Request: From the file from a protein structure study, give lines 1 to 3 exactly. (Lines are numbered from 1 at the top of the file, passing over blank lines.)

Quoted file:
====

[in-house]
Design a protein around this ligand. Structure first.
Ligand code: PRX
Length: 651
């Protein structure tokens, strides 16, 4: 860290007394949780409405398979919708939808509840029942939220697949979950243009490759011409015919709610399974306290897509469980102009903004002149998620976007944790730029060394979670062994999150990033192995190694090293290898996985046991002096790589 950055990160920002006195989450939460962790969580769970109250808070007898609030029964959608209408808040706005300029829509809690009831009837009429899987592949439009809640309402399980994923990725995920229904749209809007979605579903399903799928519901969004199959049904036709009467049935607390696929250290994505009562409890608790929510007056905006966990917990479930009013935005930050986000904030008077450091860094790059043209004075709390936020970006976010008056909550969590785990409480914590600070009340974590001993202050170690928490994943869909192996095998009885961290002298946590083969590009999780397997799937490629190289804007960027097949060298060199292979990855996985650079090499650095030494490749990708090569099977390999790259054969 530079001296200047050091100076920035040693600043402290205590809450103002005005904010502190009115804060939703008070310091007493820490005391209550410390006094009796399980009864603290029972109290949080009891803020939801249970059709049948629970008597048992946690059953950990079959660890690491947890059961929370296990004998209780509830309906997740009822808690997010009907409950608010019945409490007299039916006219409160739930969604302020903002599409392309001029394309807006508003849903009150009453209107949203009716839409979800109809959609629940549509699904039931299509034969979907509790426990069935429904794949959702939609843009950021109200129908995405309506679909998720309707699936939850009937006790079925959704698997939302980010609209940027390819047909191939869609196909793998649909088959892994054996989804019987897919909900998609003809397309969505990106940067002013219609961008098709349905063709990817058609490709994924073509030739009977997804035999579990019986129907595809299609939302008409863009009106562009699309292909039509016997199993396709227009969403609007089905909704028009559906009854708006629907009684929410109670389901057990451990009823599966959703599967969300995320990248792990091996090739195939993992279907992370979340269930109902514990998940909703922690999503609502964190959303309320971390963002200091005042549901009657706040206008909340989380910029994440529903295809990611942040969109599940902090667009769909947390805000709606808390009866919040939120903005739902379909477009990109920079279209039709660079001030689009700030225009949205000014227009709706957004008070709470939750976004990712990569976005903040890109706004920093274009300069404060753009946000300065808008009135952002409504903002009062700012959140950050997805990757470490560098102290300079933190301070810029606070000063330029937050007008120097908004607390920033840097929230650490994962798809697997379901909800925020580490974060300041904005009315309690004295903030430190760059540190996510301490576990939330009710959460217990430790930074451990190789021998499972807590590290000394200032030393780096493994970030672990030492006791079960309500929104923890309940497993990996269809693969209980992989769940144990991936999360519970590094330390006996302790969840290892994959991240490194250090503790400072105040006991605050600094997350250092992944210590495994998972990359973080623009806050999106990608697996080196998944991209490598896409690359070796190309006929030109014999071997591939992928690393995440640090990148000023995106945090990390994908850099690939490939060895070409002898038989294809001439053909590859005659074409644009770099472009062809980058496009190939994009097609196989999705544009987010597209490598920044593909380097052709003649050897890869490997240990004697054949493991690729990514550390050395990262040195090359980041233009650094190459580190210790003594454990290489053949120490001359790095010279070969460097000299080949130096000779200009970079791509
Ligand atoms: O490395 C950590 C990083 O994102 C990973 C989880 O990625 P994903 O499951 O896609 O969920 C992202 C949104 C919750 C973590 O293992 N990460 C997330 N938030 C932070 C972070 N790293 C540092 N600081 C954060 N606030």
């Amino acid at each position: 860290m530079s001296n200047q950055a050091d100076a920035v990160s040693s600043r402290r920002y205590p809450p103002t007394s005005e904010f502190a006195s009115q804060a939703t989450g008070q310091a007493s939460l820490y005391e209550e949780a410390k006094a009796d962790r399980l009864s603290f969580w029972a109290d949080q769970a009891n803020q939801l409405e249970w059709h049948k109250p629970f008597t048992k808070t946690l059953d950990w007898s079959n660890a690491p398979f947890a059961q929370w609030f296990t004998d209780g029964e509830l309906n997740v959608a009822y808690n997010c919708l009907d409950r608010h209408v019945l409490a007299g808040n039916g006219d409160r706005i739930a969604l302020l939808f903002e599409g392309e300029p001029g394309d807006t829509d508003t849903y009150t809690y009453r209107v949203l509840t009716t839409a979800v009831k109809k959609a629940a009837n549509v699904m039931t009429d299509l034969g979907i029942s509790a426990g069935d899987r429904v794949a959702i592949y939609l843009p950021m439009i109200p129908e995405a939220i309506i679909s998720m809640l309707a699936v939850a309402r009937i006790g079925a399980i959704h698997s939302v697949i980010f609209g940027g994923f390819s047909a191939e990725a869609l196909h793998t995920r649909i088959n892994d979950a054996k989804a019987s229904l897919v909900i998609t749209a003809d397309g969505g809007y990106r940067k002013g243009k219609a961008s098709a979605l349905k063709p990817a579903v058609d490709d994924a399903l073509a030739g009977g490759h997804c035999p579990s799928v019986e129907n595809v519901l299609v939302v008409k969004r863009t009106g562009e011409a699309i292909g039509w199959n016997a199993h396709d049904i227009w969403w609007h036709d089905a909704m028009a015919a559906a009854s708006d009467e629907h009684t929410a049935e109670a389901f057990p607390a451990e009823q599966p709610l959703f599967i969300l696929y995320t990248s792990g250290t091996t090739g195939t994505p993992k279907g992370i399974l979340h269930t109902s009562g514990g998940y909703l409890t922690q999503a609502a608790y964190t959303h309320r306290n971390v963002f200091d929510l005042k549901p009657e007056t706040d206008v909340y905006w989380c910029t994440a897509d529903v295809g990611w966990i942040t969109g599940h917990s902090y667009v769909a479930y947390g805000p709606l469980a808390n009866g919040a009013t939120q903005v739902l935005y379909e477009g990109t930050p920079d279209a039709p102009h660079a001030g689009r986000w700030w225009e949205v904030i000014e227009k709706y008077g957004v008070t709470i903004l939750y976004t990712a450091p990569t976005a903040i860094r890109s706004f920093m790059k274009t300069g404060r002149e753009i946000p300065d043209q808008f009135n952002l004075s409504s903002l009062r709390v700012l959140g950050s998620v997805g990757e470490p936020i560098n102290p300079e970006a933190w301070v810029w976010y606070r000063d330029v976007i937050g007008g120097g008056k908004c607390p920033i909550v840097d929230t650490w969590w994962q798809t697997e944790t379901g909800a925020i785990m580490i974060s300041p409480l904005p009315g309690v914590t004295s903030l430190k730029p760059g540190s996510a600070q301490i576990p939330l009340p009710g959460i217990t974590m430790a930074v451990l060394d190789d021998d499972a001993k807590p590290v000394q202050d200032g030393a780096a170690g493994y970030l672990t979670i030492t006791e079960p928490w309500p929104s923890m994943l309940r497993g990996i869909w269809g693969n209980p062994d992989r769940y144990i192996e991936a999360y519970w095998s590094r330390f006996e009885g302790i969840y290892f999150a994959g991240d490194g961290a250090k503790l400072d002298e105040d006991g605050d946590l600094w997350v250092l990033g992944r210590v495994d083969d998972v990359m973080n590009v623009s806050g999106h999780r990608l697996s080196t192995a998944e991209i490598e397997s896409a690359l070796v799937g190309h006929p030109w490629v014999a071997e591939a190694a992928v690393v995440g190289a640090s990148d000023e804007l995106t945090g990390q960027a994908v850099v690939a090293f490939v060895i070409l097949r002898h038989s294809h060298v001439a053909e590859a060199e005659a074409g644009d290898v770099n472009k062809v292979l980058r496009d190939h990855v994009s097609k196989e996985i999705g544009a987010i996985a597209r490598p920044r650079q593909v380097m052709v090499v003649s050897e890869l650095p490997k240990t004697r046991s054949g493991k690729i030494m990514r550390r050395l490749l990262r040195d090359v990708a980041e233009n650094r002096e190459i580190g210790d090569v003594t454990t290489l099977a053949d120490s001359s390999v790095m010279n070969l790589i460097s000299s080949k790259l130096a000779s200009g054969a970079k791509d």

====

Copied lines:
[in-house]
Design a protein around this ligand. Structure first.
Ligand code: PRX